California Police Have Been Illegally Sharing License Plate Reader Data
Some of California’s largest police departments have been collecting millions of images of drivers’ license plates and sharing them with entities around the country—without having necessary security policies in place, in violation of state law, according to a newly released state audit.
The audit, published Thursday, found that 230 police and sheriff’s departments in the state currently use automated license plate readers (ALPRs), which can be fixed cameras or devices mounted on patrol cars. Police have touted the technology as necessary for enforcing parking and basic municipal laws, and as a vital tool in child abduction cases and other high-profile investigations.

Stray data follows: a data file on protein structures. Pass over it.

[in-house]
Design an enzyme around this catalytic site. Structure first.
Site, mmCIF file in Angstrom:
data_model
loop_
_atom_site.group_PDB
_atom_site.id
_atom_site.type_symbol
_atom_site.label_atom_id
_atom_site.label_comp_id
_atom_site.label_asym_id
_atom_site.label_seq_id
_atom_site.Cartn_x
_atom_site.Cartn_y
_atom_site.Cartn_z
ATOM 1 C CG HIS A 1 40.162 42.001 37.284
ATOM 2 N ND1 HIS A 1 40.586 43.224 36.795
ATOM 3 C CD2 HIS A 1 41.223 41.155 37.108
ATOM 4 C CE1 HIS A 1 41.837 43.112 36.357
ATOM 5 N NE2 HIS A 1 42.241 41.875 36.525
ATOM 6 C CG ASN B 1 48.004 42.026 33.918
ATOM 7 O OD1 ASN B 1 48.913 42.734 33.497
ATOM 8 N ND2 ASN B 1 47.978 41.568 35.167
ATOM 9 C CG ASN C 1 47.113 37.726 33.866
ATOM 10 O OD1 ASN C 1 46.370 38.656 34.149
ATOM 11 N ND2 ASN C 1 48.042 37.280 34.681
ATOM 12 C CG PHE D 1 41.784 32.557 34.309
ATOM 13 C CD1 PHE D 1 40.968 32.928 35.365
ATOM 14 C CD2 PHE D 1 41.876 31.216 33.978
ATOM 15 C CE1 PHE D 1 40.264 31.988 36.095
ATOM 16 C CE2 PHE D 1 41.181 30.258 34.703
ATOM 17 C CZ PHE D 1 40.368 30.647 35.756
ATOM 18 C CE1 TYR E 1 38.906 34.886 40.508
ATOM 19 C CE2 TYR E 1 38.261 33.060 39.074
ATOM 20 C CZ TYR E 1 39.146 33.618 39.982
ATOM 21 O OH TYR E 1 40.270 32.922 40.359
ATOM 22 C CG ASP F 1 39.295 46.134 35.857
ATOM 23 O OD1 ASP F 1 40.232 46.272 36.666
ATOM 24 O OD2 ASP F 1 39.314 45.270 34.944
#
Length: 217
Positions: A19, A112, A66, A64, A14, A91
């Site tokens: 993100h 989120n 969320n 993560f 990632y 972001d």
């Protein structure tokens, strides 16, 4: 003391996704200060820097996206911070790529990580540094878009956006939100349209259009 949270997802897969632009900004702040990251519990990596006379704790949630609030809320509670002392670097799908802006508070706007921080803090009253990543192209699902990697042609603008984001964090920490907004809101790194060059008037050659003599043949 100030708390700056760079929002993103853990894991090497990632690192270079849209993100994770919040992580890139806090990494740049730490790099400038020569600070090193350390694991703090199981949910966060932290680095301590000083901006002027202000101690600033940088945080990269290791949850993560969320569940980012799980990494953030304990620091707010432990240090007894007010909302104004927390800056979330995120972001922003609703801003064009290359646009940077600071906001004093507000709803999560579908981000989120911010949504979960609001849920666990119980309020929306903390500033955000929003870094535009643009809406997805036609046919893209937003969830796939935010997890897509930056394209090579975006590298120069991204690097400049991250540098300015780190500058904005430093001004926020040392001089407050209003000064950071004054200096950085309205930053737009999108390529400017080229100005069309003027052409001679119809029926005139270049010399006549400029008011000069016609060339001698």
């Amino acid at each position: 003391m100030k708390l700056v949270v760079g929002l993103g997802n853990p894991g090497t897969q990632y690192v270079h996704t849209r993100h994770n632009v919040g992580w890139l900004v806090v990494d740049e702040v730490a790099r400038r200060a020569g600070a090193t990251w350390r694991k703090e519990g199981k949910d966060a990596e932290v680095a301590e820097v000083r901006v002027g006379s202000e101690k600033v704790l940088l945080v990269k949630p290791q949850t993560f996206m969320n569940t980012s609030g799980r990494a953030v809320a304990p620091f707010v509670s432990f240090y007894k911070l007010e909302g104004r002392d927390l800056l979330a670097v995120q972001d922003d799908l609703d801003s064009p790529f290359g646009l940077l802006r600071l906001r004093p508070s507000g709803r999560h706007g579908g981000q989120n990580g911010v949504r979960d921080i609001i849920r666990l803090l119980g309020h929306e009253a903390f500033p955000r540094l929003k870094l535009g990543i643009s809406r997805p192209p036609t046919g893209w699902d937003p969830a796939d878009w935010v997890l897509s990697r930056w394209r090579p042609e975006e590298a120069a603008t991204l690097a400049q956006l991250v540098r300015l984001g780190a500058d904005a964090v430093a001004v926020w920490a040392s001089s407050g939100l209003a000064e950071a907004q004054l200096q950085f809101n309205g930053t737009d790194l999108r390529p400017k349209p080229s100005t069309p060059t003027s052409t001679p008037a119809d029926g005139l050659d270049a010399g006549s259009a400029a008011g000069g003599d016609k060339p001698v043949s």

The Los Angeles Police Department, for example, has collected more than 320 million images over the last several years. Only 400,000 of those generated immediate matches to cars of interest, but the remaining 99.9 percent of the images, which can be used to track peoples’ movement across the city, stay stored in a department database for more than five years, according to the audit.